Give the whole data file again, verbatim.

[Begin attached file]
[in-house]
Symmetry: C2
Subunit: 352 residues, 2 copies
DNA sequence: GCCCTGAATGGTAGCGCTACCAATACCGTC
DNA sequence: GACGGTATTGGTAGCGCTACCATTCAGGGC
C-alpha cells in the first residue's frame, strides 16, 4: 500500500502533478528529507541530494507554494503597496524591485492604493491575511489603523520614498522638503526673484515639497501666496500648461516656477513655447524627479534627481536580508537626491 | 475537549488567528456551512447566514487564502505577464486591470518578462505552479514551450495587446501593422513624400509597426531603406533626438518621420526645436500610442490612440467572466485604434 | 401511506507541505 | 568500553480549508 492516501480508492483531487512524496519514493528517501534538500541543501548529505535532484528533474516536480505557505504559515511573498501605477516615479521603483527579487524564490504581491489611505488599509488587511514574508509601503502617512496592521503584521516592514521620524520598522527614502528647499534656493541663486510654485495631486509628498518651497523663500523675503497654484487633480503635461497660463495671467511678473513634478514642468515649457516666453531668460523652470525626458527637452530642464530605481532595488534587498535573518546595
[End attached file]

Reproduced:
[in-house]
Symmetry: C2
Subunit: 352 residues, 2 copies
DNA sequence: GCCCTGAATGGTAGCGCTACCAATACCGTC
DNA sequence: GACGGTATTGGTAGCGCTACCATTCAGGGC
C-alpha cells in the first residue's frame, strides 16, 4: 500500500502533478528529507541530494507554494503597496524591485492604493491575511489603523520614498522638503526673484515639497501666496500648461516656477513655447524627479534627481536580508537626491 | 475537549488567528456551512447566514487564502505577464486591470518578462505552479514551450495587446501593422513624400509597426531603406533626438518621420526645436500610442490612440467572466485604434 | 401511506507541505 | 568500553480549508 492516501480508492483531487512524496519514493528517501534538500541543501548529505535532484528533474516536480505557505504559515511573498501605477516615479521603483527579487524564490504581491489611505488599509488587511514574508509601503502617512496592521503584521516592514521620524520598522527614502528647499534656493541663486510654485495631486509628498518651497523663500523675503497654484487633480503635461497660463495671467511678473513634478514642468515649457516666453531668460523652470525626458527637452530642464530605481532595488534587498535573518546595